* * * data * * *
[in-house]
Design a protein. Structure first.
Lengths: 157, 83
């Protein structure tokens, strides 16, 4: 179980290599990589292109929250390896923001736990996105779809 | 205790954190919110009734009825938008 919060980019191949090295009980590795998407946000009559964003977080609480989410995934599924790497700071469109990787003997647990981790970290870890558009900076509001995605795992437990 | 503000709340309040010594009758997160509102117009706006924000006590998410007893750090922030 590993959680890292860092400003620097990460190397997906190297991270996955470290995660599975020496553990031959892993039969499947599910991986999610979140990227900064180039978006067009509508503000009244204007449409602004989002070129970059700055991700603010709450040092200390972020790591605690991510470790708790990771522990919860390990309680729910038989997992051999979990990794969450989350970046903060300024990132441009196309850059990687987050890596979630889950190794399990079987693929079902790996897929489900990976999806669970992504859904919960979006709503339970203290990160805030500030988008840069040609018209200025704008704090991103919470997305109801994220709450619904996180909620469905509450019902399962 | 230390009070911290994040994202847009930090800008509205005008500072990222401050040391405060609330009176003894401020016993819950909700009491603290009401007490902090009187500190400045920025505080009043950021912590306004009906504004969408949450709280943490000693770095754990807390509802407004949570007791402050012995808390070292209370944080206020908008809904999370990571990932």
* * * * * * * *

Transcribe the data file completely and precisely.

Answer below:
[in-house]
Design a protein. Structure first.
Lengths: 157, 83
């Protein structure tokens, strides 16, 4: 179980290599990589292109929250390896923001736990996105779809 | 205790954190919110009734009825938008 919060980019191949090295009980590795998407946000009559964003977080609480989410995934599924790497700071469109990787003997647990981790970290870890558009900076509001995605795992437990 | 503000709340309040010594009758997160509102117009706006924000006590998410007893750090922030 590993959680890292860092400003620097990460190397997906190297991270996955470290995660599975020496553990031959892993039969499947599910991986999610979140990227900064180039978006067009509508503000009244204007449409602004989002070129970059700055991700603010709450040092200390972020790591605690991510470790708790990771522990919860390990309680729910038989997992051999979990990794969450989350970046903060300024990132441009196309850059990687987050890596979630889950190794399990079987693929079902790996897929489900990976999806669970992504859904919960979006709503339970203290990160805030500030988008840069040609018209200025704008704090991103919470997305109801994220709450619904996180909620469905509450019902399962 | 230390009070911290994040994202847009930090800008509205005008500072990222401050040391405060609330009176003894401020016993819950909700009491603290009401007490902090009187500190400045920025505080009043950021912590306004009906504004969408949450709280943490000693770095754990807390509802407004949570007791402050012995808390070292209370944080206020908008809904999370990571990932």